Equifax Bounced, Apple and Oracle Didn’t
Did the Fed change the market’s tone?
It’s too early in the balance sheet shrink to determine if the market has really shifted its tone. Righ now, it seems like we’ll have to “wait and see.” Stocks are still reacting to their own fundamentals. Let’s look at how a few movers from the previous week fared last week.
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The star-bellied breach of the investment world staged a solid comeback of 13% last week. As you might recall, we argued that before the breach, Equifax didn’t look great on a valuation basis. A 35% fall moved it more in line with where its valuation could be feasible. Before last week’s bounce, the stock fell to 14.3x 2018e earnings with a 1.7% dividend yield for 7% growth—much better than the 21x multiple and 1.3% yield before the fall. So, investors must feel that no matter how bad the breach was and how bad Equifax (EFX) handled it, the core business will likely bounce back or at least not be impacted too much.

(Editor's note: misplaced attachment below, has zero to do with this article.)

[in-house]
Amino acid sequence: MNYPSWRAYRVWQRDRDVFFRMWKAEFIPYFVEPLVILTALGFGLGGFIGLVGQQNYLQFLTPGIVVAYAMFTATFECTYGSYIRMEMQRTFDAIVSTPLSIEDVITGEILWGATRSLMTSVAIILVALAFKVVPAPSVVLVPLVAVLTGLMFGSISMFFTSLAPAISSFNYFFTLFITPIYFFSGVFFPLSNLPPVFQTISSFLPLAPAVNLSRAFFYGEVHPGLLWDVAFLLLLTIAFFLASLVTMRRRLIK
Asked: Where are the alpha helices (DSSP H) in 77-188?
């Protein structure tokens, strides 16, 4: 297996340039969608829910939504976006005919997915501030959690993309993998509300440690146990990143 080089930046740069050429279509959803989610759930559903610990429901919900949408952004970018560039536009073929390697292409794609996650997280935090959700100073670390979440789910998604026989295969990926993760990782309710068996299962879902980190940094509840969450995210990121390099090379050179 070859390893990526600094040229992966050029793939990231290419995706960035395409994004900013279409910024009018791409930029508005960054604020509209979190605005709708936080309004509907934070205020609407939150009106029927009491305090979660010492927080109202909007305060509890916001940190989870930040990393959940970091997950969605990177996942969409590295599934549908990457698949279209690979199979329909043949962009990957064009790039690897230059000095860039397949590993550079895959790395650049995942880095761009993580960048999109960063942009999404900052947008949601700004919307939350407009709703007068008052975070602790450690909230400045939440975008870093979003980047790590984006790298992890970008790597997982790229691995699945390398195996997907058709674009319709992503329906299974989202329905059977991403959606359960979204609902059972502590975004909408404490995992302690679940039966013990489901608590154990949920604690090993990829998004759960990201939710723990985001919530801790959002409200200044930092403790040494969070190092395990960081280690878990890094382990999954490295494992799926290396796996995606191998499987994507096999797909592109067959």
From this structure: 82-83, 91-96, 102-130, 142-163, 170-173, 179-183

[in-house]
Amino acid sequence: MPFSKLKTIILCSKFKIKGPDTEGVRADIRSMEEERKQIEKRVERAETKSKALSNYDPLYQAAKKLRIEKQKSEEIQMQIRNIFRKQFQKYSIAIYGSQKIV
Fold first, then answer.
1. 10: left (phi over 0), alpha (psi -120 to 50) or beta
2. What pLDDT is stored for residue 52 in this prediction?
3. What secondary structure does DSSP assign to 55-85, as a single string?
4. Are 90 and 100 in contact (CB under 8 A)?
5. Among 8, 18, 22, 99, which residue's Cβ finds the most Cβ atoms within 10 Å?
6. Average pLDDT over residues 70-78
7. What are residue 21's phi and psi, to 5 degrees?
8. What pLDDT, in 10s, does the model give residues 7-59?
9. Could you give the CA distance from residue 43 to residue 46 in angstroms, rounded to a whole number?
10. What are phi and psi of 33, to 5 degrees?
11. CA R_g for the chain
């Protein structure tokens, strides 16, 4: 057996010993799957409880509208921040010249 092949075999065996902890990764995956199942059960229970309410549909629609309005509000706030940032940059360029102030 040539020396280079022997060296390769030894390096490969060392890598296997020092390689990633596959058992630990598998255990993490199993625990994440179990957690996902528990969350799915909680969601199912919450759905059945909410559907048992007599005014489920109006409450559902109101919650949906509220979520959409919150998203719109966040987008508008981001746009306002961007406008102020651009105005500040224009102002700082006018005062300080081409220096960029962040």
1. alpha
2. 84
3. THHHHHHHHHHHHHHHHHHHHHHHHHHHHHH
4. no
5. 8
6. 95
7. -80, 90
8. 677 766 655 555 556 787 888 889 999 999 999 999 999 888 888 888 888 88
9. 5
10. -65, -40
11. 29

Apple (AAPL) is on the other end of the spectrum. Clearly, investors are concerned that the iPhone 8 isn’t enough of an improvement to get consumers to upgrade. The iPhone X is expensive and won’t come out for months (possibly with production problems). Apple’s multiple has fallen to 13.5x 2018e earnings estimates for what appears to be 18% growth. The stock has fallen by $14 since before the launch. It appears that investors don’t believe the 2018 estimates. The estimates might need to come down if fewer iPhone 8s will be sold or over a longer timeframe. The chart has gotten a little ugly but the 150 and 200-day moving averages loom just below at $149 and $142, respectively. We’ll see when the bulls return to this one.
After falling 5.5% on the earnings print last week, Oracle (ORCL) seems to have stabilized and flattened out. However, the company is back to top-line growth of 3%–4% with a 6% dividend yield. Investors were probably hoping for a bit of an uptick in growth after the shift to SAAS for many products over the years. We aren’t seeing it for the foreseeable future. When growth and value aren’t huge, it sometimes keeps these kinds of stocks in a range.